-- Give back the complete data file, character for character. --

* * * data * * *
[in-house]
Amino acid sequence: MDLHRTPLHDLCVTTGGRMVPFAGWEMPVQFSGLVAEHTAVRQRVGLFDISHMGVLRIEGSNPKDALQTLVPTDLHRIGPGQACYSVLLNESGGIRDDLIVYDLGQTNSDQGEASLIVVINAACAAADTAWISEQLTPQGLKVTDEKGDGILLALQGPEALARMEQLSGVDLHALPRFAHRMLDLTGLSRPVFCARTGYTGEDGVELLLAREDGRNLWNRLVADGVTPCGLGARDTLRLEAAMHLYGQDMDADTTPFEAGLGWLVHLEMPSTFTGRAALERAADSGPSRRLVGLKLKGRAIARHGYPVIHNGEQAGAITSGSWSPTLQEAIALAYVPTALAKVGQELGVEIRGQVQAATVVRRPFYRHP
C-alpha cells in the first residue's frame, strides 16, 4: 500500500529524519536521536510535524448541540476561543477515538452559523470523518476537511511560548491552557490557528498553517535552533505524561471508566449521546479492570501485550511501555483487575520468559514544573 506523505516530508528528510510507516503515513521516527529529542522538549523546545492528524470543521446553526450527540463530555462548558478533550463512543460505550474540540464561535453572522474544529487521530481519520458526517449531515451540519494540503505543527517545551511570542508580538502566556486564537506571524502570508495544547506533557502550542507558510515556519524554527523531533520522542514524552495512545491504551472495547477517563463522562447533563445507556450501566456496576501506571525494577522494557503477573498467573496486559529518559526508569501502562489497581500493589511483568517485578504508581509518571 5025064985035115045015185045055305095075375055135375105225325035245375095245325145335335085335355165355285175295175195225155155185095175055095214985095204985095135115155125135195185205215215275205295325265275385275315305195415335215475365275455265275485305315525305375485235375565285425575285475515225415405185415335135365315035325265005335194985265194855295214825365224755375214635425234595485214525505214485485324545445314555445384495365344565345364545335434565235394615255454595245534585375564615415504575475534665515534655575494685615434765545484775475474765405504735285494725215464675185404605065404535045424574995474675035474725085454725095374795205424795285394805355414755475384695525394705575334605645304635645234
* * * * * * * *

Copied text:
[in-house]
Amino acid sequence: MDLHRTPLHDLCVTTGGRMVPFAGWEMPVQFSGLVAEHTAVRQRVGLFDISHMGVLRIEGSNPKDALQTLVPTDLHRIGPGQACYSVLLNESGGIRDDLIVYDLGQTNSDQGEASLIVVINAACAAADTAWISEQLTPQGLKVTDEKGDGILLALQGPEALARMEQLSGVDLHALPRFAHRMLDLTGLSRPVFCARTGYTGEDGVELLLAREDGRNLWNRLVADGVTPCGLGARDTLRLEAAMHLYGQDMDADTTPFEAGLGWLVHLEMPSTFTGRAALERAADSGPSRRLVGLKLKGRAIARHGYPVIHNGEQAGAITSGSWSPTLQEAIALAYVPTALAKVGQELGVEIRGQVQAATVVRRPFYRHP
C-alpha cells in the first residue's frame, strides 16, 4: 500500500529524519536521536510535524448541540476561543477515538452559523470523518476537511511560548491552557490557528498553517535552533505524561471508566449521546479492570501485550511501555483487575520468559514544573 506523505516530508528528510510507516503515513521516527529529542522538549523546545492528524470543521446553526450527540463530555462548558478533550463512543460505550474540540464561535453572522474544529487521530481519520458526517449531515451540519494540503505543527517545551511570542508580538502566556486564537506571524502570508495544547506533557502550542507558510515556519524554527523531533520522542514524552495512545491504551472495547477517563463522562447533563445507556450501566456496576501506571525494577522494557503477573498467573496486559529518559526508569501502562489497581500493589511483568517485578504508581509518571 5025064985035115045015185045055305095075375055135375105225325035245375095245325145335335085335355165355285175295175195225155155185095175055095214985095204985095135115155125135195185205215215275205295325265275385275315305195415335215475365275455265275485305315525305375485235375565285425575285475515225415405185415335135365315035325265005335194985265194855295214825365224755375214635425234595485214525505214485485324545445314555445384495365344565345364545335434565235394615255454595245534585375564615415504575475534665515534655575494685615434765545484775475474765405504735285494725215464675185404605065404535045424574995474675035474725085454725095374795205424795285394805355414755475384695525394705575334605645304635645234